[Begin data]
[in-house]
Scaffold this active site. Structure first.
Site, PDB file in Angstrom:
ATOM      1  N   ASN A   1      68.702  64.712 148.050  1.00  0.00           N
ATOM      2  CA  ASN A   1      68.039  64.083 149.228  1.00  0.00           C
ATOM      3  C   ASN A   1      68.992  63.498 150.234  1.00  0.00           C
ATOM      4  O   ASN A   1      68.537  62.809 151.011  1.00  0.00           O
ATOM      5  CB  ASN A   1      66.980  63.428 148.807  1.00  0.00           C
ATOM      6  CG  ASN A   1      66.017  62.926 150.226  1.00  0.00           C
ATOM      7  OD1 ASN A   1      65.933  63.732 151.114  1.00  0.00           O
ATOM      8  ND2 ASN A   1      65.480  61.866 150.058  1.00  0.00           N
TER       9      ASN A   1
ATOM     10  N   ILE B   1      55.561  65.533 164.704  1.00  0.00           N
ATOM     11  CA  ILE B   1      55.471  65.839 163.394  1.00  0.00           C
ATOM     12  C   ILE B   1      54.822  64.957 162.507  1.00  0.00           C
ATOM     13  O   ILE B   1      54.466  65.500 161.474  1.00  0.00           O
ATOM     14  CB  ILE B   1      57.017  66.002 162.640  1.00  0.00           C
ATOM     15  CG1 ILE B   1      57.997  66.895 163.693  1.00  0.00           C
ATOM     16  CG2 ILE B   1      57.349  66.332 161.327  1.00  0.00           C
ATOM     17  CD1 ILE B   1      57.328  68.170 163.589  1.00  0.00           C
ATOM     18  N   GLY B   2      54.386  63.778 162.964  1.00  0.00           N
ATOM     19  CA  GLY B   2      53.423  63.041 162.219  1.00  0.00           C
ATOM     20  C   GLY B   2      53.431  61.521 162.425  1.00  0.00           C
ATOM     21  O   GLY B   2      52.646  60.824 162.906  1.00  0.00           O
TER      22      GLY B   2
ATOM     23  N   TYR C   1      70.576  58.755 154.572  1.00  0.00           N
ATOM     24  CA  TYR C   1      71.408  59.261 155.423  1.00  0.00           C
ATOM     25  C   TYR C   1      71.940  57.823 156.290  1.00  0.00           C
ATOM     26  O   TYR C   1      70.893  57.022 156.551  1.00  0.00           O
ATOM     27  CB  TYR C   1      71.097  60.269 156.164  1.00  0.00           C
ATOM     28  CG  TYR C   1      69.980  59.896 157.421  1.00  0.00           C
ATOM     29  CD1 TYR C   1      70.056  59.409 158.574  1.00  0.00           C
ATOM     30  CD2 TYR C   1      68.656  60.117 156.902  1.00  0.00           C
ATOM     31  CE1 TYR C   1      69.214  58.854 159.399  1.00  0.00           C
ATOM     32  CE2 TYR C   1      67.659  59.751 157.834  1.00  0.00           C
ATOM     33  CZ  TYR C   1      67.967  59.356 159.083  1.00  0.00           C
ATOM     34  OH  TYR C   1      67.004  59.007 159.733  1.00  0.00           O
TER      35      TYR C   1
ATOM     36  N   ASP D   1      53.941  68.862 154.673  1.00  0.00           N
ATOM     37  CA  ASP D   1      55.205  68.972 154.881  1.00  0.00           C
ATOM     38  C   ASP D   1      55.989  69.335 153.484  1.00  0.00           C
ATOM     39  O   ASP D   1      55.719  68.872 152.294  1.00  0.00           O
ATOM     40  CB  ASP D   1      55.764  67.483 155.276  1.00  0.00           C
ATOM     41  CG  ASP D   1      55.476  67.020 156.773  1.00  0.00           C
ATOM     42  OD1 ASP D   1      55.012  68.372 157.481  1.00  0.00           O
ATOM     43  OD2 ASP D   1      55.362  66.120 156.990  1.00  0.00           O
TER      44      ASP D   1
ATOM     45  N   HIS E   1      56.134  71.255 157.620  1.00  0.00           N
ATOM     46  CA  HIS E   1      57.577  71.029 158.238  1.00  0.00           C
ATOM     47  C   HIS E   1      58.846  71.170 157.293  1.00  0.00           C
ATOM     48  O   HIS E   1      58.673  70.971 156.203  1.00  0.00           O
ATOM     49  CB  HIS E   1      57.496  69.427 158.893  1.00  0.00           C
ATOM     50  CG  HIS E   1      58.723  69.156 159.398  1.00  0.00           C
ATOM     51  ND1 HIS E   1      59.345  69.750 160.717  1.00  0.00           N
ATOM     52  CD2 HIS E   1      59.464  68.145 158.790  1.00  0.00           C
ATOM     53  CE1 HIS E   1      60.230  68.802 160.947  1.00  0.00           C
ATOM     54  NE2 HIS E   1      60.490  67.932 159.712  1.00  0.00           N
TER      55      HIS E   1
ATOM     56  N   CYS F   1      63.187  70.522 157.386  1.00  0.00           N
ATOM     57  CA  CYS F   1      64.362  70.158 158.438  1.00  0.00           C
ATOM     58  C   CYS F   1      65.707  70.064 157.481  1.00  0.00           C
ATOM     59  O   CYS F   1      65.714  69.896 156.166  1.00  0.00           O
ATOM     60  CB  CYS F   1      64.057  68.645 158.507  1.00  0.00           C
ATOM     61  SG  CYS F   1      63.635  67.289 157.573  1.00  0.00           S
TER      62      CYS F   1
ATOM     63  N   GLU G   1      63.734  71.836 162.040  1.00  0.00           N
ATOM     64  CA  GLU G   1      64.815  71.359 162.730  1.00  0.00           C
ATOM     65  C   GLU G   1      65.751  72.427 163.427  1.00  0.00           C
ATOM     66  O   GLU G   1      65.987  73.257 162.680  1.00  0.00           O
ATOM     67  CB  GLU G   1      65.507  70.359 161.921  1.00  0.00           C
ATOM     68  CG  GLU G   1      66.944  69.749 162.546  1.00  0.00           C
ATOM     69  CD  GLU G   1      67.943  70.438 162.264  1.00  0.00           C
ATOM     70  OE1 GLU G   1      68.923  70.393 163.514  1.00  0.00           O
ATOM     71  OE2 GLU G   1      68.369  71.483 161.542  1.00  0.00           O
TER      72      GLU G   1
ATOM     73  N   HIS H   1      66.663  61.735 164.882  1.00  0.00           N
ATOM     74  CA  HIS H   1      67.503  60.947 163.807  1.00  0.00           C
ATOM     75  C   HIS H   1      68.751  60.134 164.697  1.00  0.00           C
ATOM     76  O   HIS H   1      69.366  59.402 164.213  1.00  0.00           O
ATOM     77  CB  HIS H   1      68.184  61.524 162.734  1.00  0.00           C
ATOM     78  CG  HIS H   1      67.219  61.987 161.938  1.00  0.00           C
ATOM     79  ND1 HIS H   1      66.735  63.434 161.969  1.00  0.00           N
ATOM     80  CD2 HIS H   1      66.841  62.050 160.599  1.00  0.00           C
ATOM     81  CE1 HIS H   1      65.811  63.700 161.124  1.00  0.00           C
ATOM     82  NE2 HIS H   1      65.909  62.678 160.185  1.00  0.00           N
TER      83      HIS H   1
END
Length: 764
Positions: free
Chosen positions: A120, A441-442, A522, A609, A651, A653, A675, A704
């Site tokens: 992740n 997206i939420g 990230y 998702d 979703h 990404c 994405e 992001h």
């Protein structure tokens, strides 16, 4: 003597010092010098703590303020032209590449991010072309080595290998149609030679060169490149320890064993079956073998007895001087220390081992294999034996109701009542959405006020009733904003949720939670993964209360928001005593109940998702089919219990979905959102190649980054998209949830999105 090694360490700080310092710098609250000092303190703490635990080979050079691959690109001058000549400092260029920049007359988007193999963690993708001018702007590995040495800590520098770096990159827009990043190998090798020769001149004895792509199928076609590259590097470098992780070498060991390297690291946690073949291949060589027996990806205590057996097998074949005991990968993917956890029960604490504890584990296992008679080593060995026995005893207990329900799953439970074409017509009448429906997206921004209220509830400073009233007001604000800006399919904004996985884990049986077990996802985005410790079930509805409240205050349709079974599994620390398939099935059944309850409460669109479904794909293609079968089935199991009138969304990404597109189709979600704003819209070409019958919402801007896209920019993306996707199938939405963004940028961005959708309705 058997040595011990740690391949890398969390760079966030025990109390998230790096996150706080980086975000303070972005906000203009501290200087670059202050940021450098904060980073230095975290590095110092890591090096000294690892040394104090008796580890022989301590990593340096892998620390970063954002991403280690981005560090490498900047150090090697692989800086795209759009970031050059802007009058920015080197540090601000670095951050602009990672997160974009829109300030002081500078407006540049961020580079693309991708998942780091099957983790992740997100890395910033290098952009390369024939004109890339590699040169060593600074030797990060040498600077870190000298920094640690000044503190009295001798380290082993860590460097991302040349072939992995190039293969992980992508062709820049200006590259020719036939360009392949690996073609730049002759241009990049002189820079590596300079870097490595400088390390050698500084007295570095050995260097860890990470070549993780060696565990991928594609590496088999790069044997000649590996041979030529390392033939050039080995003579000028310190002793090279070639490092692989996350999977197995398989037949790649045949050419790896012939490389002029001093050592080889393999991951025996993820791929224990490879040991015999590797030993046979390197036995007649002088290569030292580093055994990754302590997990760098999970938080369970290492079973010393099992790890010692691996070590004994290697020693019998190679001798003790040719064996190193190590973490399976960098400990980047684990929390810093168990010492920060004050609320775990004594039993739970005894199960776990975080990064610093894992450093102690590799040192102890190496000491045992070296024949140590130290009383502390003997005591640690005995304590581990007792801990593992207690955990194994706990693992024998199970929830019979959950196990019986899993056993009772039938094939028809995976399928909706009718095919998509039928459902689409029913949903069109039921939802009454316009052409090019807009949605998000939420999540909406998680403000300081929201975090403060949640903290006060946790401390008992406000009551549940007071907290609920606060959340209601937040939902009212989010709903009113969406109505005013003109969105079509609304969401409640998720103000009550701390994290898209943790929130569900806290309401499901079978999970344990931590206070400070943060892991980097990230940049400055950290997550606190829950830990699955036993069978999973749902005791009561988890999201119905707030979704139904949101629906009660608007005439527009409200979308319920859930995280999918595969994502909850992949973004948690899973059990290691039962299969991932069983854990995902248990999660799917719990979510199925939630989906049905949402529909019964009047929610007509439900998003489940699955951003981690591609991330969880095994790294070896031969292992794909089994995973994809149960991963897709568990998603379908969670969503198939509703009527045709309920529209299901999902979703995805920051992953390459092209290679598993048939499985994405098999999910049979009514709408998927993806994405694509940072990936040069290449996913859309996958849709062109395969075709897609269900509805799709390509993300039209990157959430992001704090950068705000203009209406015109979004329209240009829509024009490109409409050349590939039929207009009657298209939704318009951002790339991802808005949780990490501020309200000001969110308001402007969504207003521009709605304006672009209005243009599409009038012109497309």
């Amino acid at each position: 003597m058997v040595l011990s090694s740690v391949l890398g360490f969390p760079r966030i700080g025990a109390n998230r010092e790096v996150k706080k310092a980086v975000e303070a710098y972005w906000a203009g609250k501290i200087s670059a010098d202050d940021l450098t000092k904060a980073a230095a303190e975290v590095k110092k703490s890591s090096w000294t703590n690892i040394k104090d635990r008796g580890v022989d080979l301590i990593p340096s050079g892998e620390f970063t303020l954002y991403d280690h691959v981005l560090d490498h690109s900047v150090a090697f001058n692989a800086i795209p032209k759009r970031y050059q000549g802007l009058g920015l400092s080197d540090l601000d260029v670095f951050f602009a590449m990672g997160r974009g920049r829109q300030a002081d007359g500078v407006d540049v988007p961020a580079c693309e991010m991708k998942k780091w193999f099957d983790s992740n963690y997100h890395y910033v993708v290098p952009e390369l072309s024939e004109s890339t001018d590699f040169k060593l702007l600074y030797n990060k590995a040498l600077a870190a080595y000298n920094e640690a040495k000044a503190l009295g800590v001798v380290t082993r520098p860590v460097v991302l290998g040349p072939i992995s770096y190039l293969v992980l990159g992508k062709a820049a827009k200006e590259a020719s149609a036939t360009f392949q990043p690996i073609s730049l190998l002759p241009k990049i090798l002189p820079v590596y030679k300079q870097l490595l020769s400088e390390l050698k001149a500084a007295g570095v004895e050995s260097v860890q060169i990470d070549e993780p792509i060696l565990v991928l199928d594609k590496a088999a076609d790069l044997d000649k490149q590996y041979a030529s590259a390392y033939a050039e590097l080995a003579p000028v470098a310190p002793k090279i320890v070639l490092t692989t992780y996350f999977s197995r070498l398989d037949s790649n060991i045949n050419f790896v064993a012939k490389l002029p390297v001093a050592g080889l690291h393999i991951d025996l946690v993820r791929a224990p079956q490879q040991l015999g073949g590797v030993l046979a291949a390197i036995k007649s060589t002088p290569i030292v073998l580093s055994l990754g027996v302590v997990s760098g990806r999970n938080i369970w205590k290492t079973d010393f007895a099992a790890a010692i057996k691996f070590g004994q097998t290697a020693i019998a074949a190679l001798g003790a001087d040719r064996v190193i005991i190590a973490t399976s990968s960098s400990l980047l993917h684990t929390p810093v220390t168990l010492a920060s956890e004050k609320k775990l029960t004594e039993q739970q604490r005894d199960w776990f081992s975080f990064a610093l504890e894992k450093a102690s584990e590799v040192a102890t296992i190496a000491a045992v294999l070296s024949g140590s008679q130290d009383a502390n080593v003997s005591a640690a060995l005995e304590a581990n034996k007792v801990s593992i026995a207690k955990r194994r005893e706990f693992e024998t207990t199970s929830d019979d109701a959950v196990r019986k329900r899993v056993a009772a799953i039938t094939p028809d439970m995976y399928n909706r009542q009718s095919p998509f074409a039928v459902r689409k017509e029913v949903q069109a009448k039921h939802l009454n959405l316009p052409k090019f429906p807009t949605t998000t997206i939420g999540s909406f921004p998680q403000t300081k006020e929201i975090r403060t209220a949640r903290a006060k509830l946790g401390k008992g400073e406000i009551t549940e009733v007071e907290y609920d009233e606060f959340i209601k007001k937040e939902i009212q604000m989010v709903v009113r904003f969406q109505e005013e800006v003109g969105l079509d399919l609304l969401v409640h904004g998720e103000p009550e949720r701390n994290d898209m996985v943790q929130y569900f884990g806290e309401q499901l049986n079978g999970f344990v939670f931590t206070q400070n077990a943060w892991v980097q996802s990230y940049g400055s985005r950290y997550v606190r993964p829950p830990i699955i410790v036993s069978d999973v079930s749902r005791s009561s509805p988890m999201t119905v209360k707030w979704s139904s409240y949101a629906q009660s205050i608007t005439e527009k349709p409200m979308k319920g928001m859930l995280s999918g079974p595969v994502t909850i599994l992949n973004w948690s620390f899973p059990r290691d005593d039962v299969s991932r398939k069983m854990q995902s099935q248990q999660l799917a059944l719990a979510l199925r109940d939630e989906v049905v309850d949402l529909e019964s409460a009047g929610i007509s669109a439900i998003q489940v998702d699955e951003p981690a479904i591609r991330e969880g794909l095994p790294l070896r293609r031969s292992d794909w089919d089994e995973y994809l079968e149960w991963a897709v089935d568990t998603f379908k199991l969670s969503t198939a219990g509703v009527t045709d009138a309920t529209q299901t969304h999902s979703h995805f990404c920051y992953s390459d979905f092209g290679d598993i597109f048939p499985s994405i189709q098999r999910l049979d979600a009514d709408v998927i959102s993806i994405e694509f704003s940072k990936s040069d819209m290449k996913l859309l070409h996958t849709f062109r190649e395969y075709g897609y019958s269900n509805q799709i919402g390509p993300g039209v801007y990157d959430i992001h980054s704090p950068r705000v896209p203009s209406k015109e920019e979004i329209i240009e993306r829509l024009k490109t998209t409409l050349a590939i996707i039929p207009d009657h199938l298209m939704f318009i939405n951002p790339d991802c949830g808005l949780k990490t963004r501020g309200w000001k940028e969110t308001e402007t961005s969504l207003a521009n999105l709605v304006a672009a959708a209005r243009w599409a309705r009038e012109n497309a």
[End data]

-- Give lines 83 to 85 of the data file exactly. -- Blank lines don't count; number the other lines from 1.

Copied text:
ATOM     80  CD2 HIS H   1      66.841  62.050 160.599  1.00  0.00           C
ATOM     81  CE1 HIS H   1      65.811  63.700 161.124  1.00  0.00           C
ATOM     82  NE2 HIS H   1      65.909  62.678 160.185  1.00  0.00           N